I go to office every day. I drive my car 35 kms to go to Navi Mumbai from Bandra, message my husband as soon as I reach office. He keeps worrying. I spend the whole day slogging away like one of those millions slugging it out in Mumbai, the business capital of a country boasting of 9% GDP growth.
I come back home after work navigating, the unbelievably troublesome traffic, insane driving by irritated drivers like me, dodging the potholes, saving the prized possession of a middle class person- my car- and escaping similar dodges of my middle class companions on the road. I message my husband who is still at work. I keep worrying. I am lucky today again that I reached home safe…what if one day my luck runs out? Hundreds protest, thousands of articles in newspapers, millions of affected people every day and billions of money from the public exchequer and still no result. What ails this system? Why can’t we have good roads for once and all and save all the hue and cry.
It’s a no-brainer to identify what might have gone wrong in road construction. It’s not rocket science, now that Mumbai is moving on with its mono rail project, it’s about time this issue is also resolved. Materials, manpower and technique are anybody’s guess as being the pillars of road construction.
In a country to 130 million, manpower is not an issue, technique is a well established one- though implementation does give rise to doubt at times- and that leaves materials as the shaky leg of this dilapidated structure. Construction companies when found at fault are blacklisted from tendering for the next time but they change their company name and bid again, win it and the macabre dance of death on the streets of the city of dreams continues.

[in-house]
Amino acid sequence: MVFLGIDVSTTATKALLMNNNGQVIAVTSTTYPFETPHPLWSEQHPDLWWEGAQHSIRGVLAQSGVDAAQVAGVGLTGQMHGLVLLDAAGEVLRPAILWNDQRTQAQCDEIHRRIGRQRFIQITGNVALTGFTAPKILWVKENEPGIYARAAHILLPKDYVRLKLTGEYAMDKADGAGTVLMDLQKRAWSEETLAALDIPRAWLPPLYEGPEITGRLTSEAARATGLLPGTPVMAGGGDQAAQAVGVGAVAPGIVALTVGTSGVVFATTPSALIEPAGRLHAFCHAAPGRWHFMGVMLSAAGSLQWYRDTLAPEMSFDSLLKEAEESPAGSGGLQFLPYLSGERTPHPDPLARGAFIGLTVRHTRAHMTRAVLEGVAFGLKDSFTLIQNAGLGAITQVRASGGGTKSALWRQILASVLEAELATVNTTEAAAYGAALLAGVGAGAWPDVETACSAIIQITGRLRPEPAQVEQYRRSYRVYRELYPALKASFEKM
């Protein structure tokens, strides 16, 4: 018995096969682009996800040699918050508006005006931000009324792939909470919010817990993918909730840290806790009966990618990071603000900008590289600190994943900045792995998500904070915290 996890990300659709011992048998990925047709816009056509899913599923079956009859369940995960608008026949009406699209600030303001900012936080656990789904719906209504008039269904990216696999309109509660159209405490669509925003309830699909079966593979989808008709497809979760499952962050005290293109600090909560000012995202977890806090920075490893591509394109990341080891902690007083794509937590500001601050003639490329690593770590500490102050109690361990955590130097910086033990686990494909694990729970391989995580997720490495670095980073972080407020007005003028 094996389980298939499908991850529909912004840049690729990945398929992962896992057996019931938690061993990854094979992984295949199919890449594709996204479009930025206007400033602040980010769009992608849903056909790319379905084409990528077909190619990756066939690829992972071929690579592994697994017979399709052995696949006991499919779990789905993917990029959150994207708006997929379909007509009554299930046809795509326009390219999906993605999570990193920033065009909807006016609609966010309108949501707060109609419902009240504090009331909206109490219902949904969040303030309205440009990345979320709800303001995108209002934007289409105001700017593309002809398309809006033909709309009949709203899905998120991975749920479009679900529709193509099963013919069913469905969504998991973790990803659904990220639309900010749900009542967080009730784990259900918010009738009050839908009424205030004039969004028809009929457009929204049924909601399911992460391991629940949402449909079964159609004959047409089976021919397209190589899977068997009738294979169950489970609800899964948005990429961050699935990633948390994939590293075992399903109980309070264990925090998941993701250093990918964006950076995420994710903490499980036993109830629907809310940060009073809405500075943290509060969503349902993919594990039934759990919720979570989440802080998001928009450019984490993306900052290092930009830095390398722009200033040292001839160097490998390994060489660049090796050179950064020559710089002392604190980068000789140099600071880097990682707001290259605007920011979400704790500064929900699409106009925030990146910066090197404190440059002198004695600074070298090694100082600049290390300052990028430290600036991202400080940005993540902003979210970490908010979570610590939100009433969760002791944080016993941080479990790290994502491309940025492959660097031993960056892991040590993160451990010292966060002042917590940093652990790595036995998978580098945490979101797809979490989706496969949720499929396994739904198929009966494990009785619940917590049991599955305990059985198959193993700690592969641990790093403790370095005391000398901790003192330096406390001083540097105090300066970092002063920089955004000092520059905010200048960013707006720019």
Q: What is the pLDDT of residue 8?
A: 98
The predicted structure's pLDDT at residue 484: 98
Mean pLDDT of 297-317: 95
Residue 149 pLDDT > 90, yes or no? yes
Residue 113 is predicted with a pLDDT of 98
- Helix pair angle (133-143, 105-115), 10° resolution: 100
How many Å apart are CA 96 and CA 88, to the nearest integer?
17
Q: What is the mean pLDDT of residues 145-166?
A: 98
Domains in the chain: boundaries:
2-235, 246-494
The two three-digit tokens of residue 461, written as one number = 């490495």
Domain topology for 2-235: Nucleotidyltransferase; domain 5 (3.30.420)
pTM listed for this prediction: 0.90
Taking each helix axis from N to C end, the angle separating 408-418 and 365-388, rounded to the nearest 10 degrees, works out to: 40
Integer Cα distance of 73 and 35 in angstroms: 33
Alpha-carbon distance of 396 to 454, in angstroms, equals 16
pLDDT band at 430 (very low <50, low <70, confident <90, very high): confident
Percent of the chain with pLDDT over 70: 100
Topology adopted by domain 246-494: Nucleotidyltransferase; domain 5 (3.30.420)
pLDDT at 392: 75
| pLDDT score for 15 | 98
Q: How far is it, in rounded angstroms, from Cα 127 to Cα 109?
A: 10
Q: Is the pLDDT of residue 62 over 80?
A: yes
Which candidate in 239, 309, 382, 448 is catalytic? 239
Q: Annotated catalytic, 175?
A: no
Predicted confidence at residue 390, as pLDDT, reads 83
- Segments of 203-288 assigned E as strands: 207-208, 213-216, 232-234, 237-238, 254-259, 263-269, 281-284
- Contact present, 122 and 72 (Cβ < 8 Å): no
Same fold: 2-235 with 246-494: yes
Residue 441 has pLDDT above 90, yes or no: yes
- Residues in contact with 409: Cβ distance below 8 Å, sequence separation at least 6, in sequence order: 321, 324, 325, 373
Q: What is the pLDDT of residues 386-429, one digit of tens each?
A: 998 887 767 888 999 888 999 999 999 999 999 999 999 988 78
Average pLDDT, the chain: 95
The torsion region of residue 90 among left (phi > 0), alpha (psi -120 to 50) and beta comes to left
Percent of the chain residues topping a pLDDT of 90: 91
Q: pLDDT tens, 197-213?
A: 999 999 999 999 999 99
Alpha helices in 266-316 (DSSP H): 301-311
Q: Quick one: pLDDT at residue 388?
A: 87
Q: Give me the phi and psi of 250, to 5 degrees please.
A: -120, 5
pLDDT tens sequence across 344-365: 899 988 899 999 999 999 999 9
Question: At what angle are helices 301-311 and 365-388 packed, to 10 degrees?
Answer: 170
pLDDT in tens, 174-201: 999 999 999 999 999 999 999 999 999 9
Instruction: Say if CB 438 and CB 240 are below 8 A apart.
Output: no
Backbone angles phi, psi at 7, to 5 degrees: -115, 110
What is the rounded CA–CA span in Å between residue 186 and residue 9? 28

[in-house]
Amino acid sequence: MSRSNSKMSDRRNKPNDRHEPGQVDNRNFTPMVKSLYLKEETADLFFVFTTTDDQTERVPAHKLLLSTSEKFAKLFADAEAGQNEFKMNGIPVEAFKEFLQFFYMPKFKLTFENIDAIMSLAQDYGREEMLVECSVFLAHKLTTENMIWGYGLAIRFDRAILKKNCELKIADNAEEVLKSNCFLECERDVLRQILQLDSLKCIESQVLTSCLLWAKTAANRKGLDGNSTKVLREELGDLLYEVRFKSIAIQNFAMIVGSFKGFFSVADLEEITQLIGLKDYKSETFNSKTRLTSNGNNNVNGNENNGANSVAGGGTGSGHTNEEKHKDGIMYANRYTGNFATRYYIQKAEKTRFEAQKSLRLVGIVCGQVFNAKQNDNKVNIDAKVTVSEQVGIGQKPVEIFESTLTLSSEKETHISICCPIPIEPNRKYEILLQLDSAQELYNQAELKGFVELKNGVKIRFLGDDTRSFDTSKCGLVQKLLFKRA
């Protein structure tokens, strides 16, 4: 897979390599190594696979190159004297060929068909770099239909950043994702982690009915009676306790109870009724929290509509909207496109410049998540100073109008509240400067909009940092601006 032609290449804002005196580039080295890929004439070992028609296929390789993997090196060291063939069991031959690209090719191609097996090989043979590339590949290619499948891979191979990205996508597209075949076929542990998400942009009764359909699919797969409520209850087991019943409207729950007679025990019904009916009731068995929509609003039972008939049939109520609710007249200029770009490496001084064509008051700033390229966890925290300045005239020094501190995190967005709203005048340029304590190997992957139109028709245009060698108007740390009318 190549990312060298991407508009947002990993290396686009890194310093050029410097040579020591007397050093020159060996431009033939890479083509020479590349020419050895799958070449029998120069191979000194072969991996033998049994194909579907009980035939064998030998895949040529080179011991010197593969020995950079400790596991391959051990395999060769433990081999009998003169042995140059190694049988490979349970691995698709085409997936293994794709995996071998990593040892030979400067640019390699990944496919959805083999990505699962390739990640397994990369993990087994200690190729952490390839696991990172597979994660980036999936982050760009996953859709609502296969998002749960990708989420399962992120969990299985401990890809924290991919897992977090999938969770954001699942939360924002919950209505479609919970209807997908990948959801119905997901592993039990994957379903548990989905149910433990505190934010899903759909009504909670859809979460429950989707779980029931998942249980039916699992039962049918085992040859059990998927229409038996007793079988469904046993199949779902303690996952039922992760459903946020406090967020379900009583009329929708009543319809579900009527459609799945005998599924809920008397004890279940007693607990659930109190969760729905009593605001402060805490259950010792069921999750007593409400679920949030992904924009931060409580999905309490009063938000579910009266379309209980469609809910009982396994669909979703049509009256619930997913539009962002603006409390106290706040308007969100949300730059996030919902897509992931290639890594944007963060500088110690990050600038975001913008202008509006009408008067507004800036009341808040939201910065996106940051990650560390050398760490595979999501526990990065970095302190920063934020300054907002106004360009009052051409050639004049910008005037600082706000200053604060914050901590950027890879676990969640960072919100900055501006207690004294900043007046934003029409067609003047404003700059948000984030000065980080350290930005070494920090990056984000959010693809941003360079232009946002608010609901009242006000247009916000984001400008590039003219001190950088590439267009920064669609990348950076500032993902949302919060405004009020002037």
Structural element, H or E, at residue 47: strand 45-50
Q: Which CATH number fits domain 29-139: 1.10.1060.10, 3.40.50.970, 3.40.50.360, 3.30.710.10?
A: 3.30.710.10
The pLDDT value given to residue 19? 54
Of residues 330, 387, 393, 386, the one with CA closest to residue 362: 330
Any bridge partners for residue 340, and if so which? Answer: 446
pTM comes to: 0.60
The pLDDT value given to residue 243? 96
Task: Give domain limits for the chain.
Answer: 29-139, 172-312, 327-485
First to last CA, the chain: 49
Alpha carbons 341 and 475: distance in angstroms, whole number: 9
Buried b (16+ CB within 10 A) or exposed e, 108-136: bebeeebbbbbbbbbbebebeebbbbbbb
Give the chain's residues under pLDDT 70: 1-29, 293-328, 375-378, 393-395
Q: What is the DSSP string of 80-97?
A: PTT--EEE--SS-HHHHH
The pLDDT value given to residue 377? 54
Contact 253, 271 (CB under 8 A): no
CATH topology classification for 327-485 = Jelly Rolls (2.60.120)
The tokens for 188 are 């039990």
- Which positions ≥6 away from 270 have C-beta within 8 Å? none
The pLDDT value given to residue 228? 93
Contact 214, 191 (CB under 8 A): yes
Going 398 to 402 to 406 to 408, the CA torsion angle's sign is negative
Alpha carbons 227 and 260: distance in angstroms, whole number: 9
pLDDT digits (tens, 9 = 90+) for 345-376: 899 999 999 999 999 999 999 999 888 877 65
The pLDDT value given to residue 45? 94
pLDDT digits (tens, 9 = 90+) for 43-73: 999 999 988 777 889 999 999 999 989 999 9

Also the mindset of cheapest being the best and it having the impression that the bidder is devoid of any malicious profit-hungry intentions doesn’t really help matters. Companies bid ridiculously low prices to bag the deal which doesn’t give them the leverage to build properly. Cheapest is the not the way forward quality and service assurance is.
But alas who will listen and act? Another hundred words and two-cent-thought goes down the pothole.
Image courtesy:Â http://robinsorient-ation.blogspot.in/2010/08/once-upon-time-in-mumbai.html